Transmission of human papilloma virus, or HPV through saliva is still being studied as of 2011, although HPV infection of the oral mucosa is possible and is implicated in oral cancers. HPV is also suspected of causing cervical and anogenital cancers. Although only 10% of infections seem to involve cancer-causing strains of HPV, up to 75% of adults are or have been exposed to the virus, which usually resolves on its own. While HPV is common, it is also preventable.
Complete viruses such as rabies, Epstein-Barr and the flu show up consistently in saliva. While these viruses can spread through oral exposure from a bite or kissing, HPV has exhibited DNA traces at a variable rate. When studying transmission of HPV through saliva, researchers have discovered detection rates lower than those found in tissue.
A 2008 study in Greece found that detection rates were higher in those with inefficient immune system responses, however. Antibodies and antimicrobial proteins called lyzosomes are normally present in saliva and attack any intruders, keeping the bacterial and viral count down. Those with conditions that promote a dry mouth have less saliva and higher levels of microbes in their mouths; in addition, people with a compromised immune system are more susceptible to bacteria and viruses infecting them this way, including the spread of HPV through the patient's saliva.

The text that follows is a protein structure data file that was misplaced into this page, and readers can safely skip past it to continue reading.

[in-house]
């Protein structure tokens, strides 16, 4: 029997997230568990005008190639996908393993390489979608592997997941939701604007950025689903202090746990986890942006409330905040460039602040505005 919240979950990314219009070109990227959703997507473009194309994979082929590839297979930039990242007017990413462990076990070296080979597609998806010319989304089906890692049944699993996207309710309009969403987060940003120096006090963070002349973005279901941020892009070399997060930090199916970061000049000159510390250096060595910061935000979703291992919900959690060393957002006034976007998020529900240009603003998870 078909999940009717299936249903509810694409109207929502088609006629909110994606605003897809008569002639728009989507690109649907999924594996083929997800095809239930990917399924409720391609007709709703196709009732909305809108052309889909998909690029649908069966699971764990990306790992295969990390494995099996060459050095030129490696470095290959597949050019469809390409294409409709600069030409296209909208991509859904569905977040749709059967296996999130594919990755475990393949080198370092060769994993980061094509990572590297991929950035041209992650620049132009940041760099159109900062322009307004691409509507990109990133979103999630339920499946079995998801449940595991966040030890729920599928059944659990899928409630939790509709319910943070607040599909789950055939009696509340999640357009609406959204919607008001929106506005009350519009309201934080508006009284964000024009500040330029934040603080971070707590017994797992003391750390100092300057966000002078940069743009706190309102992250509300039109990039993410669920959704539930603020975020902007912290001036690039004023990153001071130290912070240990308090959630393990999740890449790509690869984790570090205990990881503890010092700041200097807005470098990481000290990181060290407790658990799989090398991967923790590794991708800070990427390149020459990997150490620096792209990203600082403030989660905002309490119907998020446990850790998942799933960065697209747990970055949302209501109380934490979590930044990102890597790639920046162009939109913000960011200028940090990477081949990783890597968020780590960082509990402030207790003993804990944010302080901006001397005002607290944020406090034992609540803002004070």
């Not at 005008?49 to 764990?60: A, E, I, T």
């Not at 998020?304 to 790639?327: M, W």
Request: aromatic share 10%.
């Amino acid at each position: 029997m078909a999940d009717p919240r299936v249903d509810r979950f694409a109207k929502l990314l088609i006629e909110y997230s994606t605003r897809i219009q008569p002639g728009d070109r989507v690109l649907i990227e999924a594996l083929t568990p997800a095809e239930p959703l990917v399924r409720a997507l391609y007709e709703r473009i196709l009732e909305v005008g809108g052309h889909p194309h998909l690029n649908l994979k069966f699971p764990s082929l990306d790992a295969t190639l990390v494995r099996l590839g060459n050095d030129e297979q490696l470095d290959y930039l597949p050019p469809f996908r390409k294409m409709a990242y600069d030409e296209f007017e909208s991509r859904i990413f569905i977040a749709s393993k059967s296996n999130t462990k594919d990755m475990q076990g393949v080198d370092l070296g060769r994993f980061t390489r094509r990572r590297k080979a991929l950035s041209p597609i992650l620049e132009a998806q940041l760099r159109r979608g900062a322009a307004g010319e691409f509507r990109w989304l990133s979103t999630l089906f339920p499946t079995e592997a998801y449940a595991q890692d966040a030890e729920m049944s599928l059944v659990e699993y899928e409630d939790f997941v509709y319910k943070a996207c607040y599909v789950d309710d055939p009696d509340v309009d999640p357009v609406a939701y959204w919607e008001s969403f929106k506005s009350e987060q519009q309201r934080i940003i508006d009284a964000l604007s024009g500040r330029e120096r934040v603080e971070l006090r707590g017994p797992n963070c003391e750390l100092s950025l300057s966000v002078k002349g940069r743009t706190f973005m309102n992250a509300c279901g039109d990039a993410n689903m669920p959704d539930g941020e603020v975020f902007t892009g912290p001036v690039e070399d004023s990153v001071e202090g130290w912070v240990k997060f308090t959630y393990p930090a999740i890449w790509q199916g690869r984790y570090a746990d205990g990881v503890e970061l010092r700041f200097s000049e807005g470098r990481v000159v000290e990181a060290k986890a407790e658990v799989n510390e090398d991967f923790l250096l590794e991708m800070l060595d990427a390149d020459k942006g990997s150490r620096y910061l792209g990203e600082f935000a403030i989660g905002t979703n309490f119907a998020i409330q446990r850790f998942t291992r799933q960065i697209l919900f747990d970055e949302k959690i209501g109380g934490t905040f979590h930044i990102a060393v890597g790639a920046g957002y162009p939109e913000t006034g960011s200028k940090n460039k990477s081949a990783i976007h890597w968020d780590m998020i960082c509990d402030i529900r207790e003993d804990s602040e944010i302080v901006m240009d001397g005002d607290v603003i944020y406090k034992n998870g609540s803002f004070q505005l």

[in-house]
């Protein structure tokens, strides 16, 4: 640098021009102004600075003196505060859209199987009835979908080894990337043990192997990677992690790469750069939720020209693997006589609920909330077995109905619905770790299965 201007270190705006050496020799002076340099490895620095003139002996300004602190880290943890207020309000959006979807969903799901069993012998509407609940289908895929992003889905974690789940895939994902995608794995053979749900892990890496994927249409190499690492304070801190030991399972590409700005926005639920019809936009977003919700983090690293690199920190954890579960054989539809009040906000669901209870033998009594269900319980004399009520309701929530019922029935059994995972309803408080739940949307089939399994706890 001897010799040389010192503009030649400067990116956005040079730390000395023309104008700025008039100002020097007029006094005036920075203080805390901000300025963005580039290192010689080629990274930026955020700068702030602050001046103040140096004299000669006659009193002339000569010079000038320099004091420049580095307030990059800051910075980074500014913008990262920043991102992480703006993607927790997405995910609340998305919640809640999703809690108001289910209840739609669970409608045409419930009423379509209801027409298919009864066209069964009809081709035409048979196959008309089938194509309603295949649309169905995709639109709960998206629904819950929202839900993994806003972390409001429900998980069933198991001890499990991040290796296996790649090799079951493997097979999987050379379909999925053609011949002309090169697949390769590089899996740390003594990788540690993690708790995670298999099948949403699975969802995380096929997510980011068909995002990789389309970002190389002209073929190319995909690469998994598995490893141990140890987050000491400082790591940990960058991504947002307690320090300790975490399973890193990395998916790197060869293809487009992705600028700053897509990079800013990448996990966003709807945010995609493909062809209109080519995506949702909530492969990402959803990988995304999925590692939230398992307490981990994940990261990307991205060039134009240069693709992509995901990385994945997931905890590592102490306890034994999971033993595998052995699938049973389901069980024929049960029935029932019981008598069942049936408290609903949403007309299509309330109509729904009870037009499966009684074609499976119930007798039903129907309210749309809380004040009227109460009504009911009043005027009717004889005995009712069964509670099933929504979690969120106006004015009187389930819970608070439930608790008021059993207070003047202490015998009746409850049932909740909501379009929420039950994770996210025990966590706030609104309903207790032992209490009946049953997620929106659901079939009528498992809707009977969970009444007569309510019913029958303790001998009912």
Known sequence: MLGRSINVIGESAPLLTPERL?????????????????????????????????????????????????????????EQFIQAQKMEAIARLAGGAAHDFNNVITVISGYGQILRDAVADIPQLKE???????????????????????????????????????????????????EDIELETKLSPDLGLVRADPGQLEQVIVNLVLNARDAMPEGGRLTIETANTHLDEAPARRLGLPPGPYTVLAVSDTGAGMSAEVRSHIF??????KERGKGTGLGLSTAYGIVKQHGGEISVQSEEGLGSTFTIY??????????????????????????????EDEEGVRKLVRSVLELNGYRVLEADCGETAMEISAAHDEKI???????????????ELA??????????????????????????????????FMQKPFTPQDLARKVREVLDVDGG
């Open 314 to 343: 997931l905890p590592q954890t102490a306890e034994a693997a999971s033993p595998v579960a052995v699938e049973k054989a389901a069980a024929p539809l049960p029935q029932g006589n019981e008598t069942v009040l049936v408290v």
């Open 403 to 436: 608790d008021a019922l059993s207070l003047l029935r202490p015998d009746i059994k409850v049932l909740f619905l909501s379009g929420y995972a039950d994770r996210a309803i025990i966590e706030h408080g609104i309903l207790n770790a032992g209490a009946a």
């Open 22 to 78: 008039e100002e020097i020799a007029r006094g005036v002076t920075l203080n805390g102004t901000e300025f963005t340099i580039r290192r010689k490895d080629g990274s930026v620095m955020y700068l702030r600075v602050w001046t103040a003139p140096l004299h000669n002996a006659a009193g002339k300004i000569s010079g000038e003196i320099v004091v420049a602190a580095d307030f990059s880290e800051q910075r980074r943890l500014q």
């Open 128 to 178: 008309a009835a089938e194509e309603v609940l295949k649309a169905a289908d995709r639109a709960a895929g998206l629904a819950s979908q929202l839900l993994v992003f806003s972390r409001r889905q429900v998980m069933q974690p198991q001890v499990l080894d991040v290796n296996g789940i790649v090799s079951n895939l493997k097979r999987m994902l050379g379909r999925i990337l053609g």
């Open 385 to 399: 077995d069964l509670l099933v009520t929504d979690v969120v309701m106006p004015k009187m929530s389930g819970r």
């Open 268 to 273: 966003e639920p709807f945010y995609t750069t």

The virus normally spreads through skin-to-skin contact, usually during sexual activity. The mucosa in the mouth and oropharyngeal complex is very similar to that of the genitals; HPV16, the same strain that causes cervical cancer, is also linked to oral cancer. A vaccine has been developed that targets four types of HPV, and it is recommended that females and males aged 9-26 be inoculated before any sexual contact takes place; the vaccine has been shown to prevent HPV infection before exposure. Early sex education aimed at preventing disease should include the possibility of spreading HPV through saliva.
HPV16 has also been found in younger people whose only risk factor for pharyngeal cancer is oral sex, rather than long-term tobacco or alcohol use. This implies that HPV16 is indeed spread through oral-genital contact, and thus may be contracted or passed through mucous membranes and fluids in the mouth. Education aimed at preventing disease should include the possibility of spreading HPV. Consistent use of latex condoms and other barrier devices that can be used during oral sex, such as dental dams, has been shown to reduce transmission of HPV through sexual activity.